Education Needed to Prevent Lead Exposure at Worksites

A study finds that education is the best way to prevent worker lead exposure in the construction industry because of the constantly changing work environment.

Education is the key element to preventing worker lead exposure in the construction industry because the rapid and frequent changes in the work environment make identifying the threat a challenge, according to a study published in a special issue of the American Journal of Industrial Medicine.

The study, "Clinical Evaluation and Management of Lead-Exposed Construction Workers," says educational efforts should be undertaken whenever excessive lead absorption in an individual or group of workers is identified.

The study specifically reviews the adverse effects of lead and presents an approach to the diagnosis, management and prevention of lead-related illness.

Training is a requirement of the OSHA lead standard and is the responsibility of the employer, the study noted.

Out of the approximately 1 million construction workers in the United States exposed to lead, the majority work in commercial or residential renovation where lead-based paint exists, the article said.

This environment, unlike other industrial settings where lead exposure can occur, is marked by variable exposure conditions, even within the course of a single work day, the study said.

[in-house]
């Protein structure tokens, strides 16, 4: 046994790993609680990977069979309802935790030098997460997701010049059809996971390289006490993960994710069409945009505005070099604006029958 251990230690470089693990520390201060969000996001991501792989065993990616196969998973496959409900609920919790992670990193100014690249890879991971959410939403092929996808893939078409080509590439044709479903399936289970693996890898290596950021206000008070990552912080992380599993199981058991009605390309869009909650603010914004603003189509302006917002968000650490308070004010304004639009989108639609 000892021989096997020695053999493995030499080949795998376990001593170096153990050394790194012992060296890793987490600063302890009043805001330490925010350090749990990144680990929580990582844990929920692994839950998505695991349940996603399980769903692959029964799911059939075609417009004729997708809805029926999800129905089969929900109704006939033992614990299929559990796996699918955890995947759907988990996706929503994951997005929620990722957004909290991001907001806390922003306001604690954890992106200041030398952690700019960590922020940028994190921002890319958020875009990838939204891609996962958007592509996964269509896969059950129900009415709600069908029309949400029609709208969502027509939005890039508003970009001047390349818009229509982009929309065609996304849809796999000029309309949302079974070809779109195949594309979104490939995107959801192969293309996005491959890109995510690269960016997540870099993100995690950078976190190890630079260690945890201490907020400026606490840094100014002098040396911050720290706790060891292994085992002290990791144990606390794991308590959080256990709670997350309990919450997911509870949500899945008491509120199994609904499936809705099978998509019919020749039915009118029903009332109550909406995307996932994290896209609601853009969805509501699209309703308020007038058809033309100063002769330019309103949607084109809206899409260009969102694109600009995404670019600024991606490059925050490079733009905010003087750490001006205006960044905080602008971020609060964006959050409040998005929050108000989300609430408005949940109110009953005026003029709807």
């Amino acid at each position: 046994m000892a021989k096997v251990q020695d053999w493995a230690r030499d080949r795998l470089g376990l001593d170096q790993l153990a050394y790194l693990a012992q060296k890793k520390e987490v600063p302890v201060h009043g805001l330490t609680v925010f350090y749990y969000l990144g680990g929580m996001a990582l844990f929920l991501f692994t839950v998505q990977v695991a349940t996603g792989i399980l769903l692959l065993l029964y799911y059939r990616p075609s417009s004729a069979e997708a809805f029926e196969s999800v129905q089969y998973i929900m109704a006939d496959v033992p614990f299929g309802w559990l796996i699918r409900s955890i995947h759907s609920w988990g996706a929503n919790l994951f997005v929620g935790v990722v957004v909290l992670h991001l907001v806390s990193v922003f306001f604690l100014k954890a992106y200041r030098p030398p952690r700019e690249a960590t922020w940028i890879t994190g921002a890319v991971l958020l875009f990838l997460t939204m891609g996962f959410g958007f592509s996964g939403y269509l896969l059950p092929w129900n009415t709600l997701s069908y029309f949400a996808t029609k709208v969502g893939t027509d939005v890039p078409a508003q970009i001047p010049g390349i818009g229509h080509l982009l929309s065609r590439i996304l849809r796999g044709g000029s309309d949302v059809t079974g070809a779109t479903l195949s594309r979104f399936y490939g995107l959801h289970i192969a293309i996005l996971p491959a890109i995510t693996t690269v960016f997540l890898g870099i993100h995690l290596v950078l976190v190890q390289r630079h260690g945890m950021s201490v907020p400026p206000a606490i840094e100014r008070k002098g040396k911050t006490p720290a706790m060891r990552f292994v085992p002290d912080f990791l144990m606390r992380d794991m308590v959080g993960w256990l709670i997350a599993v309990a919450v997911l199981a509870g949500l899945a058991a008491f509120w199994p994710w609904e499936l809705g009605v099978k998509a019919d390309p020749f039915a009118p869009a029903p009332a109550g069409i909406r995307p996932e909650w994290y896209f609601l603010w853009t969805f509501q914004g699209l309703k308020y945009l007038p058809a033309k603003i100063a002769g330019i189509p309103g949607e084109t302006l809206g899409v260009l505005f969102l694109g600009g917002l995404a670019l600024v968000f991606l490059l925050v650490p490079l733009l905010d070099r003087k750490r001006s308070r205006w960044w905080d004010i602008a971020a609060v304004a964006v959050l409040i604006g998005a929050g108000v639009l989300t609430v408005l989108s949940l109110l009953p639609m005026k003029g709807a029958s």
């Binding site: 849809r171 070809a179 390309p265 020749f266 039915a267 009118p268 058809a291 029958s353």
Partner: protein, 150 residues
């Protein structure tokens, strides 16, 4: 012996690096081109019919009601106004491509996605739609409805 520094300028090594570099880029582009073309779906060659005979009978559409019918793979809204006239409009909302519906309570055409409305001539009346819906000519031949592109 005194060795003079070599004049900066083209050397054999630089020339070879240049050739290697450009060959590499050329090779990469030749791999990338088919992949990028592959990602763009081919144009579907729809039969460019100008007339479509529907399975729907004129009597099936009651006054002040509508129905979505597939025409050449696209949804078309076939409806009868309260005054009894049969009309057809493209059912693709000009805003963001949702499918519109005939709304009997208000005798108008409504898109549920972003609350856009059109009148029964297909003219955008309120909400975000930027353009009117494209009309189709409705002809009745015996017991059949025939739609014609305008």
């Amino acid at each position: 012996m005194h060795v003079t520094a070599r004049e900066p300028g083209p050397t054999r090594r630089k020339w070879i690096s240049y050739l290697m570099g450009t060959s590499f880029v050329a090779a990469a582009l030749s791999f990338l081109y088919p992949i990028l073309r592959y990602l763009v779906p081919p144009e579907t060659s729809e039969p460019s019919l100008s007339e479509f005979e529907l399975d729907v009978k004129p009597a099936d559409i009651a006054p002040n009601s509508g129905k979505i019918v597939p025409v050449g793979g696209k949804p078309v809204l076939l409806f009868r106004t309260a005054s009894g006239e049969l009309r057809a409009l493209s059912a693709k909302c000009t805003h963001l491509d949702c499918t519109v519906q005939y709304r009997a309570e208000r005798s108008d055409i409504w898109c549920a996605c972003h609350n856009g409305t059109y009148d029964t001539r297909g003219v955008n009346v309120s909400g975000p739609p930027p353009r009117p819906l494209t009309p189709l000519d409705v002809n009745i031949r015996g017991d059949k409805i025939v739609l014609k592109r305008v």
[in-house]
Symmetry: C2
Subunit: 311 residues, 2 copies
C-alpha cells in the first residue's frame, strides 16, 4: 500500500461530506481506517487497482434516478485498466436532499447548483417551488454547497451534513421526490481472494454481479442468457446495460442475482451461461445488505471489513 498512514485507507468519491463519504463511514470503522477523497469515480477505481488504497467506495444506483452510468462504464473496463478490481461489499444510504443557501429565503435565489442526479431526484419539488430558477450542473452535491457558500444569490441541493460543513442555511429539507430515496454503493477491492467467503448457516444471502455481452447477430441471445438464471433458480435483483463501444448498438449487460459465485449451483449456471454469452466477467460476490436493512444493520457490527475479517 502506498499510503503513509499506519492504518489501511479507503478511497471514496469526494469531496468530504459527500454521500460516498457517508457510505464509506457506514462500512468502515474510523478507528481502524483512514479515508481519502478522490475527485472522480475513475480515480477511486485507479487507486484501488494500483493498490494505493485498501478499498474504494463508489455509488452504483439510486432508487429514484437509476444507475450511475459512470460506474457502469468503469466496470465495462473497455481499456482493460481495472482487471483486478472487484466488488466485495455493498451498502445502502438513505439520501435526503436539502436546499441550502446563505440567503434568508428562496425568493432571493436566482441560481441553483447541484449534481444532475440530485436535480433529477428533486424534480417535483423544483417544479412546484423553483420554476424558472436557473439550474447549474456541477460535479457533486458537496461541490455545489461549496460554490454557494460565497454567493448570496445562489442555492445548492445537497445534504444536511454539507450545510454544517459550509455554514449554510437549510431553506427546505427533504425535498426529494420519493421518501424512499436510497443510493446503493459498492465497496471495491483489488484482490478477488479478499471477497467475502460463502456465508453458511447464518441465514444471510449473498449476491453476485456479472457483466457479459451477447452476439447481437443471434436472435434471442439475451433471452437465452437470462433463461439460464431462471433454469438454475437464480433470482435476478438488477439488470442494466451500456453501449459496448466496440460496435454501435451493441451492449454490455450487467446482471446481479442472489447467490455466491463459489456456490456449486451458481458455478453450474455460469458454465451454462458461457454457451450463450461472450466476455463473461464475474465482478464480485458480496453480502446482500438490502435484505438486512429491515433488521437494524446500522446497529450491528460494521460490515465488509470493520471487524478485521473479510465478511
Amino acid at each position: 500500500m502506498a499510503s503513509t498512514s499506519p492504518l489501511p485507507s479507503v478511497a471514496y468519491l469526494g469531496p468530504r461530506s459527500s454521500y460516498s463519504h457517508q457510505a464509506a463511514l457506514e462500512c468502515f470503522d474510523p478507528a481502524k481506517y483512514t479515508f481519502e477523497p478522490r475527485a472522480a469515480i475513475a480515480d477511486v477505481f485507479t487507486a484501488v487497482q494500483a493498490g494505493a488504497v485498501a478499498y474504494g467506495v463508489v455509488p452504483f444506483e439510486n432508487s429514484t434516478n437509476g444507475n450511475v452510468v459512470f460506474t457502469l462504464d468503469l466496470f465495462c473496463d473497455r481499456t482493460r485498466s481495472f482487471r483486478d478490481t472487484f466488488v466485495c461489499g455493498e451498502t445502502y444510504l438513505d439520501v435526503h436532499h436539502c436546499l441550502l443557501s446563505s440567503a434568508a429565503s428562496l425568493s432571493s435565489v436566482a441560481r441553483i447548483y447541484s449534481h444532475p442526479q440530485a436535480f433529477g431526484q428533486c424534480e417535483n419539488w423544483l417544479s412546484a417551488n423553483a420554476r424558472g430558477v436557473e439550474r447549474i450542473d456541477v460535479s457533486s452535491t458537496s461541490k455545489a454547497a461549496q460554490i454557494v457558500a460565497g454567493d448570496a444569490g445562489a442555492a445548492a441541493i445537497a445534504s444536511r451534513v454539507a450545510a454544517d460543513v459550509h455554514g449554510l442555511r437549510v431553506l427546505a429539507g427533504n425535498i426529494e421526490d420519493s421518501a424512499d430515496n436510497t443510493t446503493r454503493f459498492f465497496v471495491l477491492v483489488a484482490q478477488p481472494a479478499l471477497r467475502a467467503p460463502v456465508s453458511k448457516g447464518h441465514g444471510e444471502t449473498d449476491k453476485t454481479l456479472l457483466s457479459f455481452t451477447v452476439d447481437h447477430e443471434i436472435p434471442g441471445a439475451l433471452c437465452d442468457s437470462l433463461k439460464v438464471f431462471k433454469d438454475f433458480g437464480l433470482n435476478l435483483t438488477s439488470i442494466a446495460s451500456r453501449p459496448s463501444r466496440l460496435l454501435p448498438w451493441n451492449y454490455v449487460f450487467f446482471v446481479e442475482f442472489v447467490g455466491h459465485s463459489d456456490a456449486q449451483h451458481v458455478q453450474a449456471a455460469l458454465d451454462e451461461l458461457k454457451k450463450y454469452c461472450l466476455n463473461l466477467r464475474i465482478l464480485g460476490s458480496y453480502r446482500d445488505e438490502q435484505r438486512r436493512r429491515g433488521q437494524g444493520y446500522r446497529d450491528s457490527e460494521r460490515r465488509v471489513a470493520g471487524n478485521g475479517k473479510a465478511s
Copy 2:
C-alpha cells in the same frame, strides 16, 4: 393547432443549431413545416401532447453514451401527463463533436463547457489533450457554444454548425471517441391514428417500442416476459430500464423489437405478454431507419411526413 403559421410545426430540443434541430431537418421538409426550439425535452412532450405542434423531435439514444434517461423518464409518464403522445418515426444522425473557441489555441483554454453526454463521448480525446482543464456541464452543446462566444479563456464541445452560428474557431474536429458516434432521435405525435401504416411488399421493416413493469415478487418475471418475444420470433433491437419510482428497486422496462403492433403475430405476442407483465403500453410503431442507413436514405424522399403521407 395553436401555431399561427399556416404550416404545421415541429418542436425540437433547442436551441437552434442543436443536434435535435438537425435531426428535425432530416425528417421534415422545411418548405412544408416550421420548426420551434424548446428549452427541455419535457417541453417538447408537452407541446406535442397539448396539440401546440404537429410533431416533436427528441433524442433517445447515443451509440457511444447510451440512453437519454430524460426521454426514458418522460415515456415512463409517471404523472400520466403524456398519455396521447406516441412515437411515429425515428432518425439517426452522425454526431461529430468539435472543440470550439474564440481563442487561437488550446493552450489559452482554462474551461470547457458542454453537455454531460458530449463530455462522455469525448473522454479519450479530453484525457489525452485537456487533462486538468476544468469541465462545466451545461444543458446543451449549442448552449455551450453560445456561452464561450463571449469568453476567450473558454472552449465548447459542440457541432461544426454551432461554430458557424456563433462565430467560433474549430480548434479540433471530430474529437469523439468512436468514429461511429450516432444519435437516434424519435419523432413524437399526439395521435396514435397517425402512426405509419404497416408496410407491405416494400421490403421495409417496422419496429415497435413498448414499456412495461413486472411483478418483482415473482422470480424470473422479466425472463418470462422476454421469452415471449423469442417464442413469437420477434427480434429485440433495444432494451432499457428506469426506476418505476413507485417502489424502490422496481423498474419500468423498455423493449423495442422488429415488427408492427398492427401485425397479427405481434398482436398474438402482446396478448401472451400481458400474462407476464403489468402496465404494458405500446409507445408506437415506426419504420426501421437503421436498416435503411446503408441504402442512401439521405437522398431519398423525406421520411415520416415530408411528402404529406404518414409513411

This variability of exposure conditions presents frequent opportunities for workers to ingest lead on the construction site.

Hand contamination is often common and workers frequently wipe their faces with lead-dusted hands in the course of a day's work, the article said.

Article author's Stephen M. Levin and Mark Goldberg recommend that an industrial assessment of the work site should be attempted, prompted by the identification of excessive exposure cases.

This can be done by working through the construction contractor and any consultant industrial hygienist employed on the project.

The authors also advise coordinating exposure control with worker representatives or unions to enlist their assistance in educating workers at risk of lead poisoning and to implement changes in work practices.

If attempts to correct identified exposure problems are not corrected, Levin and Goldberg suggest contacting public health agencies for help.

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